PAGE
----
Man on the Moon
Produced by Kid Cudi. Kanye West, Plain Pat
Motown / Pgd
Released September 15, 2009
I’m a big fan of hip hop. I mean real hip hop, not the buckets of factory-produced horse vomit that passes off as mainstream radio these days. In particular, the next time I hear Jason Derulo say his own name, I will strongly consider seceding from the U.S. But give me a good hip hop album, be it afrocentric, alternative, fusion, gangsta, or political, and I’ll be a happy camper for weeks. Good rappers like Talib Kweli, Mos Def, Nas, and Lupe speak from the soul, and it’s always a treat to peer introspectively into their minds. But part of the pleasure comes from the fact that I’ve got almost nothing in common with the artist. I never grew up in the projects. I don’t know what it’s like to have a gun by my side at all times, and I’ve never gone hungry from lack of money. So what can I expect in an album by a middle-class, suburban hipster from Cleveland, Ohio?
Actually, quite a lot, and more than part of it due to strong support from industry veterans Ratatat, MGMT, Plain Pat, Emile, and mentor Kanye West. KiD CuDi represents a new wave of hip hop, propelled not by ghettos, gangs and clubs, but the suburban middle class. Content changes too, focusing on the self, and the hardships of life as a whole.
Man on the Moon is KiD CuDi’s exploration into his own melancholy; the album has a lazy, droning, melodic vibe that has gradually become CuDi’s trademark. CuDi, like us, has no street cred; has never shot a man or gone broke. But he has pain and paranoia, and masks the mental scarring caused by his father’s death with hallucinogenics and bad relationships. And boy does he milk it.
First, the bad. CuDi’s singing isn’t quite up to American Idol standards, and his tiny range of mumbling semitones can get tiring. Bafflingly, CuDi is also, at best, a lackluster lyricist. One of his cleverest bits in the arguably superb song “Soundtrack 2 My Life,” “The moon will illuminate my room and soon I’m consumed by my doom,” is immediately followed by unnecessarily vulgarity: “Once upon a time nobody gave a fuck / it’s all said and done and my cock’s been sucked,” cutting the flow dead in its tracks. In some songs, the lyrics are downright stupid: “Girls that I dated, it’s ok I am not mad yo / Unless you stabbed me in the heart, no love ho / this shit is so ill.” Sorry, Scotty, but it’s just not.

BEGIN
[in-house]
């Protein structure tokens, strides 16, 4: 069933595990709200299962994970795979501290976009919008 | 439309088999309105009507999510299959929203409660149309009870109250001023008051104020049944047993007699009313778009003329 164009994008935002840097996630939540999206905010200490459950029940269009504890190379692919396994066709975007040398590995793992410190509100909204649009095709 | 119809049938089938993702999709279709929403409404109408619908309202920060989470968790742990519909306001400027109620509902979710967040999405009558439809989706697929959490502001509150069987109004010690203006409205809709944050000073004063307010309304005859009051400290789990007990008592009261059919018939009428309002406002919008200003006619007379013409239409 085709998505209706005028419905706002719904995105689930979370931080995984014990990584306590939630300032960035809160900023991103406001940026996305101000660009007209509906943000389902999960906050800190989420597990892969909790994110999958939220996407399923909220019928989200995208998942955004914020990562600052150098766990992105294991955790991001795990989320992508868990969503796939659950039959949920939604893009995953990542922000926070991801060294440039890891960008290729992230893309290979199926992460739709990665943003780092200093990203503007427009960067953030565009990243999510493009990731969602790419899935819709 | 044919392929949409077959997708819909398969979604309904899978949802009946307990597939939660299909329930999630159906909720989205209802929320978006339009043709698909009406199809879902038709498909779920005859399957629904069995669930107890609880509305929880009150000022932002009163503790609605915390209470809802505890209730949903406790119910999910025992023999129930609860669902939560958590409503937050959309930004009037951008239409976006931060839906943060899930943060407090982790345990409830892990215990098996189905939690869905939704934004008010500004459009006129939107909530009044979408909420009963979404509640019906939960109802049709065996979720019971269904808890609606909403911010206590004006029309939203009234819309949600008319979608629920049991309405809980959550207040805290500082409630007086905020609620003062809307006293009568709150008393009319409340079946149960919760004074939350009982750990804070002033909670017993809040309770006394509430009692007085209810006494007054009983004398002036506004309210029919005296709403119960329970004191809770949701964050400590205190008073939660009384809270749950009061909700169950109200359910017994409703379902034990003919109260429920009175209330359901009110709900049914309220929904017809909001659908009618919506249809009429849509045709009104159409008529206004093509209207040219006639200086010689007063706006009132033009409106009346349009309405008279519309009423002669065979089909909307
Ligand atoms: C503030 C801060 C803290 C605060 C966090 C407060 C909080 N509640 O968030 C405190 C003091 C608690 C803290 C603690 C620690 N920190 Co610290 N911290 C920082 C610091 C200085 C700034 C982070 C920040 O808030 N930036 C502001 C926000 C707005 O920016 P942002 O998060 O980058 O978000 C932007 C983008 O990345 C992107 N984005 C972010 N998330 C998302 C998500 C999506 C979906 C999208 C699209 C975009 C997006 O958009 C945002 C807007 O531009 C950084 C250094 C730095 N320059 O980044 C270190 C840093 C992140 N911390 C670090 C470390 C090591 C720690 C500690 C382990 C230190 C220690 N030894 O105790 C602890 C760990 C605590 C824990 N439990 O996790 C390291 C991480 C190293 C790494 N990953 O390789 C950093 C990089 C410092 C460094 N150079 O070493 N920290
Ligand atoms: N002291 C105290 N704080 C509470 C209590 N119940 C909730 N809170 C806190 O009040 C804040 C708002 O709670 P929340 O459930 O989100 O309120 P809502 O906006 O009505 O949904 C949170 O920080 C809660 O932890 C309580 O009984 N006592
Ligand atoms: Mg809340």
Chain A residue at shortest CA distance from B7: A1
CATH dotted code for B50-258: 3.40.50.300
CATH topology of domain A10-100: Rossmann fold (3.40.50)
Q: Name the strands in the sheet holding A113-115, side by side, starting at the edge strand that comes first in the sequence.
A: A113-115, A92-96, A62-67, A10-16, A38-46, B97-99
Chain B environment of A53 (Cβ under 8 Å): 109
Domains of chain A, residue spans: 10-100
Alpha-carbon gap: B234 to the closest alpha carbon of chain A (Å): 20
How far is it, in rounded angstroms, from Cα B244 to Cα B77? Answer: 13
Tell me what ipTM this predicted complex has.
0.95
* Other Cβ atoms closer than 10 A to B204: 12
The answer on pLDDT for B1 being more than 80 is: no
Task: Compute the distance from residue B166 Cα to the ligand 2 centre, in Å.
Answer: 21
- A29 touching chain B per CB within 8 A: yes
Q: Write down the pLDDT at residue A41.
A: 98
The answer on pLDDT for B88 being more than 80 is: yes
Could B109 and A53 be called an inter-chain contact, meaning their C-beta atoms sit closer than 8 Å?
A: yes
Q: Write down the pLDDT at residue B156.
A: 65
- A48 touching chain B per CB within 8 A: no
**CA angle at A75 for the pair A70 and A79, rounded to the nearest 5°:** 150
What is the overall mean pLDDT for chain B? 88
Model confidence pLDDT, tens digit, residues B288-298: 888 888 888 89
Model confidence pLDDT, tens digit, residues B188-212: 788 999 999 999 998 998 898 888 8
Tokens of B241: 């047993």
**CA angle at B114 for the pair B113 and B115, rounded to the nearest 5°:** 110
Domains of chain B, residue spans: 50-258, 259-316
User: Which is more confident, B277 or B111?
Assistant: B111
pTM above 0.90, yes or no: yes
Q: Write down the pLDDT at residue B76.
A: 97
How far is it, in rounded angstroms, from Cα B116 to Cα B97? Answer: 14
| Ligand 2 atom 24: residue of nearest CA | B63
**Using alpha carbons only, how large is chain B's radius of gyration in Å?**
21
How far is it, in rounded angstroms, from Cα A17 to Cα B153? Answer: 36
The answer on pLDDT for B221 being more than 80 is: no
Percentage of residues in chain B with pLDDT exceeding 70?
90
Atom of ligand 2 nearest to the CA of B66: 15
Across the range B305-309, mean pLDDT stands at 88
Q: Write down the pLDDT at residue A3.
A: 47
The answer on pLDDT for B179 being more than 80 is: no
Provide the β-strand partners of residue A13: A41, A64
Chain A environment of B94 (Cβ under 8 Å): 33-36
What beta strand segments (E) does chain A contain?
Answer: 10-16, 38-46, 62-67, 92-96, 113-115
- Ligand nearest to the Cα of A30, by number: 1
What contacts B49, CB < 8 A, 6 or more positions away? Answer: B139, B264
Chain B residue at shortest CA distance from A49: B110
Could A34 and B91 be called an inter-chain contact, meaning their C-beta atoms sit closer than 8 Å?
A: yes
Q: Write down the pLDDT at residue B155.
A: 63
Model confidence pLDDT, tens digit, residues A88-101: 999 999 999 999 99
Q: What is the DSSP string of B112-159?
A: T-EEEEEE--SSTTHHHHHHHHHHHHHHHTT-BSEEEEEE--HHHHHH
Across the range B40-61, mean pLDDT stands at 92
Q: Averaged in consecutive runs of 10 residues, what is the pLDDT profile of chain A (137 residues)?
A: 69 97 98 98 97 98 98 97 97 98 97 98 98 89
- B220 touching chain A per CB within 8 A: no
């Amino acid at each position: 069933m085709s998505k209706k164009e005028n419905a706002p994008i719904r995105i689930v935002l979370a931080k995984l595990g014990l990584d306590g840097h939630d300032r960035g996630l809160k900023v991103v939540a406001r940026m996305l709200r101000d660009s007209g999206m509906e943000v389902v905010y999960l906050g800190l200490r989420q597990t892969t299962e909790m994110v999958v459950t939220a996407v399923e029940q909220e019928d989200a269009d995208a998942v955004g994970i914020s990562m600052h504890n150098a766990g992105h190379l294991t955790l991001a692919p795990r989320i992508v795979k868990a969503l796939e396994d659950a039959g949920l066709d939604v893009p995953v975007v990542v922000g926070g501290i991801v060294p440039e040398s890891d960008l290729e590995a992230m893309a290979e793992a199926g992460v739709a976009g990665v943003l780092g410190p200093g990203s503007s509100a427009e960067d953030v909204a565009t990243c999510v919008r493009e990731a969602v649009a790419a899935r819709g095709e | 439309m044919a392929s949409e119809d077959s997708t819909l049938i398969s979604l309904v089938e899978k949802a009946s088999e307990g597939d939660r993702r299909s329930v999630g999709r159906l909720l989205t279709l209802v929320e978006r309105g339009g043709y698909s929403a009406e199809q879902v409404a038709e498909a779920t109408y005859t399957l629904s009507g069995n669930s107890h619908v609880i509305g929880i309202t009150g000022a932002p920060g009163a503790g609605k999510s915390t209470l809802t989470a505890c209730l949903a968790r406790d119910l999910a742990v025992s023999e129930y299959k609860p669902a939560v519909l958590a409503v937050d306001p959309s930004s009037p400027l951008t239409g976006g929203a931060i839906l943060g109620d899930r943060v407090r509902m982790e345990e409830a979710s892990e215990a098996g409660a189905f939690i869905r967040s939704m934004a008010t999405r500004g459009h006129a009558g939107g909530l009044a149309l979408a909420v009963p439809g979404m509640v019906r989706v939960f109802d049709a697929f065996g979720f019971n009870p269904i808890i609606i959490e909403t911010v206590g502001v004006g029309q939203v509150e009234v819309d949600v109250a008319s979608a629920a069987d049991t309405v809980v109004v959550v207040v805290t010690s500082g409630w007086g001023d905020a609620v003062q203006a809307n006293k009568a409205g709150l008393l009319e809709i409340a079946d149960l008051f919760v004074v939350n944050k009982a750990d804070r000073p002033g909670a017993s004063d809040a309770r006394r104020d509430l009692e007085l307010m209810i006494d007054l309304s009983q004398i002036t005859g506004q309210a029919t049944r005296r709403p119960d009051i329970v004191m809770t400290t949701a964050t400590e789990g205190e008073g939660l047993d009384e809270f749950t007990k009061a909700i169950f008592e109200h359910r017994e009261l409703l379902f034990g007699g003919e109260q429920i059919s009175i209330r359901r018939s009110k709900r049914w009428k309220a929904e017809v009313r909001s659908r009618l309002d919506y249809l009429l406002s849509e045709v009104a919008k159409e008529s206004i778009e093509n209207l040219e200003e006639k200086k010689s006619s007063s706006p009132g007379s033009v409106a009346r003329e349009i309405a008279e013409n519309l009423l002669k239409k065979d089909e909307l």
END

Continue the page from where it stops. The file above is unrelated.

But what CuDi lacks in flow he makes up for with immense creative spirit. It’s nearly impossible to pin down his style. One of the early tracks, “Up Up & Away,” is an upbeat anthem about tackling a new day and shaking off social stigmata. Immediately afterward, “Heart of a Lion” takes a darker turn, revealing a man in emotional crisis. “Please save a cudi that needs some help,” he moans. “Hyyerr” is a throwback to sexual, 70’s style Marvin Gaye stylings. It’s all never been done before, and even with all the glitches, you really feel witness to the birth of a new subgenre. KiD CuDi is just that, after all — a kid. Who knows where his limits are as an adult?